Fiscal cliff concerns appear to have no impact whatsoever on hiring.
The unemployment rate edged up slightly to 7.9 percent in January as the economy added 157,000 jobs in the month. The unemployment rate has essentially been unchanged the last five months. The January job growth was pretty much in line with expectations, but growth for the prior two months was revised up by 127,000. This brings the average rate of job growth over the last three months to 200,000, considerably better than the average of 168,000 over the last year.
There were few noteworthy changes in the household data. There was a 0.4 percentage point rise in the unemployment rate for white men to 6.6 percent due to an influx of people looking for work. This could be a sign of the unemployed being more optimistic about their job prospects, but it may also just be an erratic fluctuation in the data. The participation rate for white men had fallen by 0.2 percentage points from October to December. The employment-population ratio for workers with just a high school degree fell by 0.3 percentage points to 54.0 percent, a new low for the downturn.
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All the duration measures of unemployment fell sharply in January. The average duration of unemployment spells fell by 2.8 weeks, the largest drop ever. The median duration fell by 2 weeks and the share of long-term unemployed fell by 1.0 percentage points. This decline undoubtedly reflects the shortening of the period of extended benefits after the fiscal cliff deal. Since workers are required to look for jobs to get benefits, it appears that many of the unemployed stopped looking for work when their benefits expired and therefore are no longer counted as unemployed.
With the upward revisions to the November and December data, the picture in the establishment survey looks somewhat brighter. However, it is likely that these numbers are at least somewhat inflated due to unusually warm weather. There was a similar story last year with the winter months showing relatively good job growth. The result was that hiring was moved forward and the spring months then looked exceptionally weak. We may see the same story this year.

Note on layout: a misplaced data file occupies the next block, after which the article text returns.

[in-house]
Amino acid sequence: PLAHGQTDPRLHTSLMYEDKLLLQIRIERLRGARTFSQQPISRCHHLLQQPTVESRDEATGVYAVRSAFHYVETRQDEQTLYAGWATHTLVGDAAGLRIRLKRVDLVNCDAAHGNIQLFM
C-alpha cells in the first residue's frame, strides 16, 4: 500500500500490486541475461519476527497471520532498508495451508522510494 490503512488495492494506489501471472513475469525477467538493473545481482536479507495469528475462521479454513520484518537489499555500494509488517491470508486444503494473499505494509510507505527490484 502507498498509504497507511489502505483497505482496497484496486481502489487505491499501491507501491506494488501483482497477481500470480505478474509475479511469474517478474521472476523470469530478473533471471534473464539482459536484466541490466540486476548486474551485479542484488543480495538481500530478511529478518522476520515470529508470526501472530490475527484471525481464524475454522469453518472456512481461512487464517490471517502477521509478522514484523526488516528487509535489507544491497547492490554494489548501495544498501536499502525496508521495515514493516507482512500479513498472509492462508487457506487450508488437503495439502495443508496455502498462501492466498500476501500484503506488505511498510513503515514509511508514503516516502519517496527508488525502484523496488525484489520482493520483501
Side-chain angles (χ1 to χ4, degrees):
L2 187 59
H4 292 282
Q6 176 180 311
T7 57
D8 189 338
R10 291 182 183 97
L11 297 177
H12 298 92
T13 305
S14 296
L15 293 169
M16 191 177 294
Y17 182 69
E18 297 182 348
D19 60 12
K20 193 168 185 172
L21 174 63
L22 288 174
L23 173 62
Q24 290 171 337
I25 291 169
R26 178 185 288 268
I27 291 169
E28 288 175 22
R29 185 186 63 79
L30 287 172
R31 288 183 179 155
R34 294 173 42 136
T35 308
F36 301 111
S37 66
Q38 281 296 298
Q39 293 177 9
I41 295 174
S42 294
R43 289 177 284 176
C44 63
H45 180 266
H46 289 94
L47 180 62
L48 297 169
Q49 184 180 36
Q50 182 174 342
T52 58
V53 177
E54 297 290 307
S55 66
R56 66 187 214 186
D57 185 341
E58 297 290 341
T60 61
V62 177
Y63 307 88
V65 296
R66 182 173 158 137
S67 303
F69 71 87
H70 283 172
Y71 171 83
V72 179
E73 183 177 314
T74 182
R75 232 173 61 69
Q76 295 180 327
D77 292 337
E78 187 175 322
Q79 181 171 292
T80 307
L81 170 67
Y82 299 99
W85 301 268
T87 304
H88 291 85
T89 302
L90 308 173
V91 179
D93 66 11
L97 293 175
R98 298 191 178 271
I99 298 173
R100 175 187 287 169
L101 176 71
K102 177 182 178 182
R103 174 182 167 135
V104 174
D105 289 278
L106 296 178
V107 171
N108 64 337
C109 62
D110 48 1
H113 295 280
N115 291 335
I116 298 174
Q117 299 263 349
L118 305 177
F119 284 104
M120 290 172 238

Retail trade, construction, and health care were the big job gainers in December, adding 32,000, 28,000, and 22,000 jobs, respectively. Retail has added an average of 37,000 jobs a month over the last three months. Health care has added an average of 31,000 jobs over this period.
Construction has added an average of 27,000 jobs a months since October. This rise is also in part attributable to unusually warm weather as well as repairs after Hurricane Sandy. However it may also be partly attributable to the bounce back in housing construction.
It is worth noting the divergence in construction employment as measured in the household survey and jobs as measured in the establishment survey. The former rose considerably more during the boom in the last decade and fell somewhat more in the downturn. This likely reflects undocumented workers in the industry who are likely working off the books.
Other sectors generally showed weak growth in January. Manufacturing added just 4,000 jobs. With downward revisions to the prior month’s data (the December report showed manufacturing adding 25,000 jobs), job growth in the sector has averaged just 6,000 since October. Temp sector employment fell by 8,000, almost completely reversing the gain in December. Restaurant employment rose by 17,000, roughly in line with its growth over the prior two months.
Government employment edged down by 9,000, roughly the same as its pace over the last year. Average weekly hours were unchanged in January, while average hours for production workers were down by 0.1 hours. Compared with year-ago levels, average hours for production workers are down by 0.2 hours, while average hours for all workers are down by 0.1 hour. Average hourly wage growth has picked up somewhat recently, rising at a 2.7 percent annual rate over the last three months. However, the data are sufficiently erratic, so this could be an aberration.
This report shows a picture of an economy that is growing slightly more rapidly than its potential. While this growth pace is consistent with modest declines in unemployment, that may not be true when the effects of deficit reduction are felt.